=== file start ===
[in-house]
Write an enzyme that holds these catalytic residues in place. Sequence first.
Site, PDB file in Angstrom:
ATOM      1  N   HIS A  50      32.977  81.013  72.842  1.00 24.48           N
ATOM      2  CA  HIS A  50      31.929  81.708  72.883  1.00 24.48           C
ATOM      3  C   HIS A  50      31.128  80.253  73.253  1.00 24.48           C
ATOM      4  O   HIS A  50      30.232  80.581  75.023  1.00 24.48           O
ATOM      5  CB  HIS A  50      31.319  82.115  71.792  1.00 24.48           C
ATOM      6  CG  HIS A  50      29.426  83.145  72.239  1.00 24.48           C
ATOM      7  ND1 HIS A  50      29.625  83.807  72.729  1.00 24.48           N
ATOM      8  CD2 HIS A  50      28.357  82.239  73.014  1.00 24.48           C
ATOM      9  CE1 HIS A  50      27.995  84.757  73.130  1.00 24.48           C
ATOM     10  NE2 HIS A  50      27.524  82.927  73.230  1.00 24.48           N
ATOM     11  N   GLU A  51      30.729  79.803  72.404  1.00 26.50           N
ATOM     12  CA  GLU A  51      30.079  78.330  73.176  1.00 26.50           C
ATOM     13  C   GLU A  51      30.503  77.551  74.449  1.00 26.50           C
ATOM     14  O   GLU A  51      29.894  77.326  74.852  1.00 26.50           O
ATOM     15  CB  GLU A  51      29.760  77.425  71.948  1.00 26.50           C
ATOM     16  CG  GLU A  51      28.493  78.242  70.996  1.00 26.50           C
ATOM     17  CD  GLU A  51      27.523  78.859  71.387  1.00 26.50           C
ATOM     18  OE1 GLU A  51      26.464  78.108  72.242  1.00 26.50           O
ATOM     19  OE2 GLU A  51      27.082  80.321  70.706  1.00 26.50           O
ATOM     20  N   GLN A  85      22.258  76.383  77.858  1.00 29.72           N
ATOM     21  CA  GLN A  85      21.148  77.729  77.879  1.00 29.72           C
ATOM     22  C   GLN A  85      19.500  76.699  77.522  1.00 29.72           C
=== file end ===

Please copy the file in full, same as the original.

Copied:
[in-house]
Write an enzyme that holds these catalytic residues in place. Sequence first.
Site, PDB file in Angstrom:
ATOM      1  N   HIS A  50      32.977  81.013  72.842  1.00 24.48           N
ATOM      2  CA  HIS A  50      31.929  81.708  72.883  1.00 24.48           C
ATOM      3  C   HIS A  50      31.128  80.253  73.253  1.00 24.48           C
ATOM      4  O   HIS A  50      30.232  80.581  75.023  1.00 24.48           O
ATOM      5  CB  HIS A  50      31.319  82.115  71.792  1.00 24.48           C
ATOM      6  CG  HIS A  50      29.426  83.145  72.239  1.00 24.48           C
ATOM      7  ND1 HIS A  50      29.625  83.807  72.729  1.00 24.48           N
ATOM      8  CD2 HIS A  50      28.357  82.239  73.014  1.00 24.48           C
ATOM      9  CE1 HIS A  50      27.995  84.757  73.130  1.00 24.48           C
ATOM     10  NE2 HIS A  50      27.524  82.927  73.230  1.00 24.48           N
ATOM     11  N   GLU A  51      30.729  79.803  72.404  1.00 26.50           N
ATOM     12  CA  GLU A  51      30.079  78.330  73.176  1.00 26.50           C
ATOM     13  C   GLU A  51      30.503  77.551  74.449  1.00 26.50           C
ATOM     14  O   GLU A  51      29.894  77.326  74.852  1.00 26.50           O
ATOM     15  CB  GLU A  51      29.760  77.425  71.948  1.00 26.50           C
ATOM     16  CG  GLU A  51      28.493  78.242  70.996  1.00 26.50           C
ATOM     17  CD  GLU A  51      27.523  78.859  71.387  1.00 26.50           C
ATOM     18  OE1 GLU A  51      26.464  78.108  72.242  1.00 26.50           O
ATOM     19  OE2 GLU A  51      27.082  80.321  70.706  1.00 26.50           O
ATOM     20  N   GLN A  85      22.258  76.383  77.858  1.00 29.72           N
ATOM     21  CA  GLN A  85      21.148  77.729  77.879  1.00 29.72           C
ATOM     22  C   GLN A  85      19.500  76.699  77.522  1.00 29.72           C